Hubble snaps death of colourful star in the Rotten Egg Nebula

6 Feb 201711 Shares

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The Calabash Nebula, otherwise known as the Rotten Egg Nebula. Its technical name is OH 231.8+04.2. Image: ESA/Hubble and NASA.

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NASA’s Hubble Telescope has been monitoring the Rotten Egg Nebula, and the death of one of its stars over 5,000 light years away.

In 1,000 years, a star in the Calabash Nebula, otherwise known as Rotten Egg Nebula, will finish its spectacular transformation.

Hubble Rotten Egg

Once a low-mass star, much like our sun, it is in the process of dying off. What will remain afterwards will be a fully fledged planetary nebula. The importance behind this is that we can see these early stages, which are an astronomical rarity.

Situated over 5,000 light years away, the Rotten Egg Nebula is what NASA calls a “spectacular example” of the death of a low-mass star.

Hubble, operated by NASA and ESA, has been monitoring it for a while now, as a rapid transformation ensues that sees it change from a red giant to a planetary nebula, during which it blows its outer layers of gas and dust into the surrounding space.

The Clabalash Nebula, otherwise known as the Rotten Egg Nebula. Its technical name is OH 231.8+04.2. Image: ESA/Hubble & NASA.

The Calabash Nebula, otherwise known as the Rotten Egg Nebula. Its technical name is OH 231.8+04.2. Image: ESA/Hubble and NASA.

The recently ejected material is spat out in opposite directions with immense speed. The gas shown above in yellow is moving at a speed close to 1m kph.

NASA claims this 1,000-year process is rarely captured due to it occurring “within the blink of an eye, in astronomical terms”.

It is known as the Rotten Egg Nebula because it contains a lot of sulphur, an element that, when combined with other elements, smells like a rotten egg.

In December, Hubble revealed stunning imagery of NGC 248, in the southern constellation Tucana. Housed in a dwarf galaxy called the Small Magellanic Cloud 200,000 light years away, they are lit up red. This is thanks to intense radiation from “the brilliant central stars”, which heat up hydrogen in each nebula.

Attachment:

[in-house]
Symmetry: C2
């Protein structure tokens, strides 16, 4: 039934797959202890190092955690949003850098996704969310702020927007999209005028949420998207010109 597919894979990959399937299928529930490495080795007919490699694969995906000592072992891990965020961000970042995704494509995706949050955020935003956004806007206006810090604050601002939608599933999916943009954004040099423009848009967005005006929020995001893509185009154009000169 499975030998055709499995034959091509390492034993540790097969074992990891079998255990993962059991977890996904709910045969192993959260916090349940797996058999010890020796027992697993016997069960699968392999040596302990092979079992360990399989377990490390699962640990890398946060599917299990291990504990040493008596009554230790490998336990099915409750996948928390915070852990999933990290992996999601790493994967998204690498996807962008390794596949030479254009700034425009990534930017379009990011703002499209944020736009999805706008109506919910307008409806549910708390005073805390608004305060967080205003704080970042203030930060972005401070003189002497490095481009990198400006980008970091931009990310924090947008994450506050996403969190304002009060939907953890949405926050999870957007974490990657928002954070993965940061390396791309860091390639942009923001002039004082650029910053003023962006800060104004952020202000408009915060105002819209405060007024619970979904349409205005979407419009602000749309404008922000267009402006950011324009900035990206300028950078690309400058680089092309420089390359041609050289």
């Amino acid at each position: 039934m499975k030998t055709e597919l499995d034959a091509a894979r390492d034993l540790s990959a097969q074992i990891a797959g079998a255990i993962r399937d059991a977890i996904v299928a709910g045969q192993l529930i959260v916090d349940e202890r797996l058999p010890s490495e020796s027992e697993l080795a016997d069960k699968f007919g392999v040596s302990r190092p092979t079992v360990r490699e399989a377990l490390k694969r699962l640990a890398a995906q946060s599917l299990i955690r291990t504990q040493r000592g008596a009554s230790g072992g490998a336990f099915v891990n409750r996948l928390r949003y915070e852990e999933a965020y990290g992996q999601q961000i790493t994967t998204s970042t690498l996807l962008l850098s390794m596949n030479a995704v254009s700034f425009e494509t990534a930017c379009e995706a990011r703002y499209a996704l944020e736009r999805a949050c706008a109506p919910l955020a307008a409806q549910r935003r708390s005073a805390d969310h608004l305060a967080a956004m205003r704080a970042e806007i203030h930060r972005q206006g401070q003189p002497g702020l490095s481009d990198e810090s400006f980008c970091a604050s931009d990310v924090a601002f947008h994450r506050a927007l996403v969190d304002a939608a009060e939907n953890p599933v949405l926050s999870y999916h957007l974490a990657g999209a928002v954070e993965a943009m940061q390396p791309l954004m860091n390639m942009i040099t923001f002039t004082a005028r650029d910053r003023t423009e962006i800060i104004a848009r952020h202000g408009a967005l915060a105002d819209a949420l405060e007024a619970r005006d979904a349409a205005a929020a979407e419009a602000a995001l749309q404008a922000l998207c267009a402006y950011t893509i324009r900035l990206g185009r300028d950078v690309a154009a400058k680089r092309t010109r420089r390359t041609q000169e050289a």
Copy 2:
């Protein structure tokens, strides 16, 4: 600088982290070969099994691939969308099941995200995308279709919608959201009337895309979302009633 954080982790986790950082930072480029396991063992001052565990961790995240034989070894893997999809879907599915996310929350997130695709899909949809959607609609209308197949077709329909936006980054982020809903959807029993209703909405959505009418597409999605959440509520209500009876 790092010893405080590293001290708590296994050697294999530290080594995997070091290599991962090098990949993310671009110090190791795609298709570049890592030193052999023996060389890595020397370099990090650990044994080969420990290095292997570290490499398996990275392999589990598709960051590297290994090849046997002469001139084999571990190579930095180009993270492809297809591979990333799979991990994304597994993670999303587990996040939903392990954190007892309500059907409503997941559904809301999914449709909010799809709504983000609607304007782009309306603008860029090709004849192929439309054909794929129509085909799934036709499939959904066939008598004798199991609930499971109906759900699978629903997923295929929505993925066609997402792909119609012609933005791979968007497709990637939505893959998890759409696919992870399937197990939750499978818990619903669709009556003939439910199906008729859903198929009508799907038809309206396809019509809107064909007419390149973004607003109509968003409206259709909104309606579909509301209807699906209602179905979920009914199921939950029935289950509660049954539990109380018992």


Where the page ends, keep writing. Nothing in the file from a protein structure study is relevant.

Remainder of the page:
NGC 248 data was taken with Hubble’s Advanced Camera for Surveys. Image: NASA, ESA, STScI, K Sandstrom (University of California, San Diego) and the SMIDGE team

NGC 248 data was taken with Hubble’s Advanced Camera for Surveys. Image: NASA, ESA, STScI, K Sandstrom (University of California, San Diego) and the SMIDGE team

NGC 248 is of interest to scientists because it’s in a galaxy that has as little as 10pc of the amount of heavy elements our Milky Way enjoys, making it a curious area to investigate.

Because it is so close, astronomers can study its dust in great detail, and learn about what dust was like earlier in the history of the universe.

Last week, a 2bn-pixel image from the ESO, one of its largest ever released, showed two distant nebulas – Cat’s Paw and Lobster – in all their explosive glory.

Situated in the Scorpius constellation, the Cat’s Paw Nebula (NGC 6334) and Lobster Nebula (NGC 6357) rest 5,500 and 8,000 light years respectively from Earth.

The Cat’s Paw Nebula (NGC 6334, upper right) and the Lobster Nebula (NGC 6357, lower left). These dramatic objects are regions of active star formation where the hot young stars are causing the surrounding hydrogen gas to glow red. A zoomable version of this giant image is available here. Image: ESO

The Cat’s Paw Nebula (NGC 6334, upper right) and the Lobster Nebula (NGC 6357, lower left). These dramatic objects are regions of active star formation where the hot young stars are causing the surrounding hydrogen gas to glow red. A zoomable version of this giant image is available here. Image: ESO

Gordon Hunt is a journalist at Siliconrepublic.com

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